Rolls-Royce and its partners have demonstrated that hydrogen can be combusted at conditions simulating maximum take-off thrust in aircraft engines.
Rolls-Royce collaborated with easyJet, Loughborough University in the UK, and the German Aerospace Centre Deutsches Zentrum für Luft-und Raumfahrt (DLR) for the project.
Rolls-Royce and easyJet are working on developing a hydrogen combustion engine technology capable of powering various aircraft, including those in the narrow-body market segment, with a target timeline set for the mid-2030s.
The key breakthrough in this achievement was the development of advanced fuel spray nozzles, designed to control the combustion process effectively. This was no small feat, as hydrogen burns significantly hotter and faster than conventional aviation fuels like kerosene. The newly designed nozzles utilize a progressive mixing system that blends air with hydrogen to manage the fuel's reactivity.
The testing process involved initial assessments of individual nozzles at intermediate pressure at Loughborough University's facilities and at DLR Cologne, culminating in final full-pressure combustor tests conducted at DLR Cologne.
Notably, last year, easyJet and Rolls-Royce achieved another world-first by operating a modern aero engine, the AE2100, using green hydrogen at Boscombe Down in the UK.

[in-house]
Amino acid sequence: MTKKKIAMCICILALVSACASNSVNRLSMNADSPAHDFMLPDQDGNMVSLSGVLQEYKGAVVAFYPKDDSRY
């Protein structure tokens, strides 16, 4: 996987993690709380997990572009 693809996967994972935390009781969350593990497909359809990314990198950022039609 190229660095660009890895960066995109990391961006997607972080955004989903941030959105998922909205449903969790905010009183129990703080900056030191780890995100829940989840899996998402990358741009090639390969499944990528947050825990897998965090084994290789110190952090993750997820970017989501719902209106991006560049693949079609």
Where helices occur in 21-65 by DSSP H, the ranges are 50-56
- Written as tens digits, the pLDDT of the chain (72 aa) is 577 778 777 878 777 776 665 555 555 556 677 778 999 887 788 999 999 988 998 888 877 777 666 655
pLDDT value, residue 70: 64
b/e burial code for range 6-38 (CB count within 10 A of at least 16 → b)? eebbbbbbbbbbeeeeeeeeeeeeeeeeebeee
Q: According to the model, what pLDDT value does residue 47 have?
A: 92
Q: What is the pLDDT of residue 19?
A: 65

The technologies tested at Loughborough and DLR will be integrated with lessons learned from the Boscombe Down tests as Rolls-Royce and easyJet gear up for the next phase: a full gas hydrogen ground test on a Pearl engine. This will pave the way for a subsequent full ground test on a Pearl engine using liquid hydrogen, with the ambition of taking this technology to flight.
Rolls-Royce's hydrogen research is supported by various programs, including the UK's Aerospace Technology Institute HyEST program, Germany's LUFO 6 WOTAN program, and the European Union's Clean Aviation CAVENDISH program. Loughborough University is a partner in HyEST and CAVENDISH, and DLR is a partner in WOTAN and CAVENDISH. easyJet has made investments to drive the development of hydrogen combustion engine technology for narrow-body aircraft.